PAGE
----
In California, rental agreements can either be made through an oral or written agreement. Once made, both the landlord and tenant acquire certain rights and responsibilities as per California law (CA Civil Code 1940-1954.05).
As a landlord, it’s important to familiarize yourself with this legislation in order to run a successful rental investment business. The following is a basic overview of California landlord tenant law.
Tenant Rights and Responsibilities
When a landlord and tenant sign a lease, they enter into an agreement about what rights and responsibilities they have. According to California landlord tenant law, tenants have the right to:
- Live in quiet and peaceful enjoyment.
- Live in a habitable rental unit.
- Be treated fairly without any prejudice on the basis of certain protected classes under local laws.
- Have repairs done within 30 days (or sooner for urgent issues) after notifying the landlord.
- Break the rental agreement without penalty under certain legally acceptable conditions.
- Withhold rent if the landlord violates the rental agreement.
- Due process for eviction if their eviction is necessary.
- Have their security deposit handled in accordance with California law (CA Civil Code §1950.5).
- Be provided certain disclosures through verbal or written notice.
In addition to tenant rights, renters in California have the following list of responsibilities. A California tenant must:
- Keep their rental unit in a clean and sanitary state.
- Pay rent as per the terms specified in the rental agreement.
- Use all the provided fixtures and appliances for their intended purpose.
- Fix any damages that they cause.
- Handle minor repairs and maintenance tasks.
- Not disturb other tenants or neighbors.
Landlord Rights and Responsibilities
Rental laws give landlords the following rights. California landlords have the right to:
- Enter a tenant’s rented unit to perform certain obligations.
- Evict tenants who violate terms of the lease agreement.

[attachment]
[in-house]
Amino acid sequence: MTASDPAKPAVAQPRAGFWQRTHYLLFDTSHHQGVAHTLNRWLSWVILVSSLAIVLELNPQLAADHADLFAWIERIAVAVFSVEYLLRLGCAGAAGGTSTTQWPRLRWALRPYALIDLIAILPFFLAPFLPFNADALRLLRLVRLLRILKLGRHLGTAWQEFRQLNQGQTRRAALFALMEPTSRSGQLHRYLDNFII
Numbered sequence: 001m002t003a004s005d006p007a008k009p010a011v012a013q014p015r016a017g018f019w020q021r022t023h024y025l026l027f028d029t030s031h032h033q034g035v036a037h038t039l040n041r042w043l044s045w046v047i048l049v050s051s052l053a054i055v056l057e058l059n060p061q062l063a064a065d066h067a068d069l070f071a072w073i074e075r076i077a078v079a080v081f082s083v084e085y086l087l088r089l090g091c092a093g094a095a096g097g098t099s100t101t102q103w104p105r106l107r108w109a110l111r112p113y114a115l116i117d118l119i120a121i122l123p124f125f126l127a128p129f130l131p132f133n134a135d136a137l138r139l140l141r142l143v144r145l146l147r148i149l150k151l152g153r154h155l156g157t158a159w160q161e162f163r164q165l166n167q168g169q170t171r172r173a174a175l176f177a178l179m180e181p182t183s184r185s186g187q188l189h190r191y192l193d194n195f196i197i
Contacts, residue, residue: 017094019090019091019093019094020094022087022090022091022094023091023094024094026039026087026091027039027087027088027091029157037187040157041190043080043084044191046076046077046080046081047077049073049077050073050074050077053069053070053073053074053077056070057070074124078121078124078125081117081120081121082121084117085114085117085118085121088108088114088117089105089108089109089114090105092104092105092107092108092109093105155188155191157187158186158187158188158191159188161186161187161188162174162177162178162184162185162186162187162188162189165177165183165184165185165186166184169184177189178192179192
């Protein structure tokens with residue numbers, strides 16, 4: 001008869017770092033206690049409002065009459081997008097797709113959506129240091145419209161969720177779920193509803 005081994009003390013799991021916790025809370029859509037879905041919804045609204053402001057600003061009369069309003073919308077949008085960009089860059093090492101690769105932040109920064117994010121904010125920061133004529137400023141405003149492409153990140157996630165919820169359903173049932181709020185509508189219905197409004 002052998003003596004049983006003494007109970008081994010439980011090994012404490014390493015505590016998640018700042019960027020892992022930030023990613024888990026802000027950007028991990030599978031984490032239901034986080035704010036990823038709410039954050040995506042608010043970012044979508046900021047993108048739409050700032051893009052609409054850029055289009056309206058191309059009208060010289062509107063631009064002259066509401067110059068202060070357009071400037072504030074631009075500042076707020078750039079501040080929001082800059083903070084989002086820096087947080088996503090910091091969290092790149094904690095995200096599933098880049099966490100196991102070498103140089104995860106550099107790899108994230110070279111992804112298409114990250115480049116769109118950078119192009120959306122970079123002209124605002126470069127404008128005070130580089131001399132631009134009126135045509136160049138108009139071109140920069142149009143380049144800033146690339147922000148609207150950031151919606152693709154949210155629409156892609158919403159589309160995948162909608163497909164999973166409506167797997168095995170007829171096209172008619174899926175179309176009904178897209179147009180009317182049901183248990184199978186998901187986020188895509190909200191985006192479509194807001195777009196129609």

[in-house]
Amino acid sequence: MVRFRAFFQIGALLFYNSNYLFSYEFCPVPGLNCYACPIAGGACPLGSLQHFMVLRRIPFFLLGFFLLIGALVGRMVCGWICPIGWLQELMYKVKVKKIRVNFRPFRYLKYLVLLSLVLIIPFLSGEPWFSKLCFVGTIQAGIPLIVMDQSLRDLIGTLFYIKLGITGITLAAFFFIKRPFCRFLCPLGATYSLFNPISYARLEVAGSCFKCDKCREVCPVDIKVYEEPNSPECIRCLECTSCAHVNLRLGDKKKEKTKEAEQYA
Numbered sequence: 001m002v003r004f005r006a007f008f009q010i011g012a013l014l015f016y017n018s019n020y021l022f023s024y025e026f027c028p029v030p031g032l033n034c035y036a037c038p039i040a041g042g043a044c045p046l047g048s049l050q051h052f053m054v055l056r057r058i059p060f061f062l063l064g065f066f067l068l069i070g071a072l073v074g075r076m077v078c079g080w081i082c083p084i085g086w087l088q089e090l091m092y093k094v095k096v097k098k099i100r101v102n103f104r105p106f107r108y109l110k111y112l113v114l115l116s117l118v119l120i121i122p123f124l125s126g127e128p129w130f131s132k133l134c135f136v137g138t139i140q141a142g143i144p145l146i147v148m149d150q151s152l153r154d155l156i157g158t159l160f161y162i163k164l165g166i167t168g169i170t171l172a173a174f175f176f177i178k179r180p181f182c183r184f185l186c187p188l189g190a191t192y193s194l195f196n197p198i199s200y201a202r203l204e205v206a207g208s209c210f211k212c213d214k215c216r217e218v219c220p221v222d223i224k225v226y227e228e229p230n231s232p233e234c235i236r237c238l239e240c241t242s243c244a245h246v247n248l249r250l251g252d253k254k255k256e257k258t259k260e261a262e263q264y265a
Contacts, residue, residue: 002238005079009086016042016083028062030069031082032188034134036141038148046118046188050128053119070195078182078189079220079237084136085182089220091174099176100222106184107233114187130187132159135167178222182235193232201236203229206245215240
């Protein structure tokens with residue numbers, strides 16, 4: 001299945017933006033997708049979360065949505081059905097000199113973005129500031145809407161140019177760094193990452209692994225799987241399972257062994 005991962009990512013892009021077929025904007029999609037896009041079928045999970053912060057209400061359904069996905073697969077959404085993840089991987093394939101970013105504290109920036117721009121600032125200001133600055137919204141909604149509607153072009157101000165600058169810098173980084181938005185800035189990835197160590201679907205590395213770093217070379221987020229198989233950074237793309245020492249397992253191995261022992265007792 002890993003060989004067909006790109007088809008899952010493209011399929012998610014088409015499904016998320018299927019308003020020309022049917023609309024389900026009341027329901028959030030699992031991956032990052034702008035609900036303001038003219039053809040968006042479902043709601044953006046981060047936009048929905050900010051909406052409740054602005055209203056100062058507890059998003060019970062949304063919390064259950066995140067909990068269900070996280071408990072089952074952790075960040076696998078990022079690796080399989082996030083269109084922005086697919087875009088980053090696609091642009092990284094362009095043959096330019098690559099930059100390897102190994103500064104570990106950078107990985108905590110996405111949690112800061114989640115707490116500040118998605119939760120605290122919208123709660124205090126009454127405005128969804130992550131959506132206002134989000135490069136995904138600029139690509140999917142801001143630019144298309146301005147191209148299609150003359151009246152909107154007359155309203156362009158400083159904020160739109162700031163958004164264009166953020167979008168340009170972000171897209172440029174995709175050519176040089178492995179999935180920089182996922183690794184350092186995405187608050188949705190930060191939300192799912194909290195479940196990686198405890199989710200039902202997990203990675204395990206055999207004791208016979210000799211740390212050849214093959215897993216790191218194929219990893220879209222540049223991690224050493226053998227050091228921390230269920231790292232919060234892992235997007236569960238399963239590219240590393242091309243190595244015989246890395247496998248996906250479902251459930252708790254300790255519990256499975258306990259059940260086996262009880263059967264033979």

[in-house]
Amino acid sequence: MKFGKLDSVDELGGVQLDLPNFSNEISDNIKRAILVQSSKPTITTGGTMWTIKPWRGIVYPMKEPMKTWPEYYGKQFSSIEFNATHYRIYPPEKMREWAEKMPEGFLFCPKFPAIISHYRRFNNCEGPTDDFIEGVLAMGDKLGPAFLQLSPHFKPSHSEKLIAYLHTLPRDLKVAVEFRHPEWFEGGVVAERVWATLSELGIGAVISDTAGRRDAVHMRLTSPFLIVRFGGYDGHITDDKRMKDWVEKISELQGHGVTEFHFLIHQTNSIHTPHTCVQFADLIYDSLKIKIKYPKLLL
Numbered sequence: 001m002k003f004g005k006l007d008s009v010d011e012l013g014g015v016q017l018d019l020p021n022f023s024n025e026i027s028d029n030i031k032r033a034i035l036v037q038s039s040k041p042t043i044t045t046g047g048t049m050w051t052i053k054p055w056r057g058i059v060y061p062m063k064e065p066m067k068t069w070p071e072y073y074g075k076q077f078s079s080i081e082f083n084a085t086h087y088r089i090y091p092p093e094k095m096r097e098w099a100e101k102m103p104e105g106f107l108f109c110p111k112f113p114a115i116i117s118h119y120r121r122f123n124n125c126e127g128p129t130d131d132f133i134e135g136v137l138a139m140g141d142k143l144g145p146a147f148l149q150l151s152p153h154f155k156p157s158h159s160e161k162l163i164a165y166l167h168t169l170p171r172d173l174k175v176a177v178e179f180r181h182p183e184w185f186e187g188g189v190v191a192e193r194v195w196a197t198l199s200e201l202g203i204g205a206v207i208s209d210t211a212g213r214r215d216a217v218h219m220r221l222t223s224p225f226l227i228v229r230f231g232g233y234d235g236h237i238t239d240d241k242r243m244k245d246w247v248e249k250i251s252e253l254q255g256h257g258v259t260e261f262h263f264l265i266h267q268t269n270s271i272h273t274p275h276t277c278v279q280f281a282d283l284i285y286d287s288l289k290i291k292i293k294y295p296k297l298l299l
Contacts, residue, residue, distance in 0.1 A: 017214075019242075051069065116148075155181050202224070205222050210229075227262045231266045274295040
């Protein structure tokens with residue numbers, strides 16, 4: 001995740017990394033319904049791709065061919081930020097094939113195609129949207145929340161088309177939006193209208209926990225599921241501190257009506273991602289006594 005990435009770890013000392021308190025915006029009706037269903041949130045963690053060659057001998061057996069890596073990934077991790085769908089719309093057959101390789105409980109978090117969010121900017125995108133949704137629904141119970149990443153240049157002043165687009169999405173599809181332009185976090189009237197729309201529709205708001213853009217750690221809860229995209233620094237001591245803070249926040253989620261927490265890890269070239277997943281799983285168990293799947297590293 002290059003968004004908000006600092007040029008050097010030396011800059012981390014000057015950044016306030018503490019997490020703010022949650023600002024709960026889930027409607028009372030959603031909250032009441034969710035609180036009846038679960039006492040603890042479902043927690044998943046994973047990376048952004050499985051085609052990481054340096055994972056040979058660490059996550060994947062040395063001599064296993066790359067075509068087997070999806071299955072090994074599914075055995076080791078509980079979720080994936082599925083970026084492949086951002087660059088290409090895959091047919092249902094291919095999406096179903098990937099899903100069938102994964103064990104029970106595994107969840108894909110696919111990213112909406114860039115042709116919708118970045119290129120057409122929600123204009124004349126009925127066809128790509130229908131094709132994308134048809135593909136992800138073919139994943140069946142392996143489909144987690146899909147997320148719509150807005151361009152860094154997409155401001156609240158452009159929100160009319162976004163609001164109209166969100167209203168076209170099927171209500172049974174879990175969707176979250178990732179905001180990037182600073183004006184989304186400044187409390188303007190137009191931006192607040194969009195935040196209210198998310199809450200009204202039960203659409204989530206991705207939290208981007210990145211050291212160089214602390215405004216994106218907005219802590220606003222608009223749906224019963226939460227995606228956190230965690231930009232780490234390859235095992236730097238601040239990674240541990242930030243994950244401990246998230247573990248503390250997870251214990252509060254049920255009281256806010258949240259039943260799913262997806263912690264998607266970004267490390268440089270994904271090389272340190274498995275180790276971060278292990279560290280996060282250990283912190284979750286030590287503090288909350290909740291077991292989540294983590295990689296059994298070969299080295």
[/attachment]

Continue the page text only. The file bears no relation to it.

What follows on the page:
- Not renew the lease of a tenant after the existing lease ends.
- Draft a lease agreement.
- Screen prospective tenants prior to allowing them to move in.
- Enforce the terms of the lease agreement.
- Request a security deposit in case of damages to the property.
- Raise rent in accordance with California rent control laws (AB 1482).
In addition to their rights, California landlords are also required to fulfill certain responsibilities. A landlord's responsibilities include the following:
- Provide a habitable rental dwelling.
- Respond to repair requests within a reasonable period of time.
- Remove a tenant through a judicial eviction process that isn’t a retaliatory act or based on discrimination, as outlined in the Fair Housing Act.
- Abide by the state’s security deposit laws.
- Abide by the state’s rent control provision as outlined in AB 1482 of the Tenant Protection Act.
- Treat all tenants fairly and equally in accordance with the Fair Housing Act.
- Give tenants 24 hours advance written notice before entering a tenant’s rented unit for legally acceptable reasons.
Landlord Disclosure Requirements
Landlords are required to make certain disclosures to tenants. If the disclosures are not made, renters made have the right to withhold rent. The disclosures must be provided for the following scenarios:
- Any lead-based paint in any rental unit built prior to 1978.
- Provide written information regarding bed bugs using certain language as required by law.
- Documentation on any known mold.
- Any future plans to demolish the property that may affect tenancy.
- Access to information regarding specified registered sex offenders.
- Disclosure on whether the property has ever been used to manufacture methamphetamine.
- Disclosure on any knowledge of the use of asbestos.
- Disclosure on whether the property is located in a known flood zone.
- Information about a death in the unit within the last three years if the death was not HIV/AIDS-related.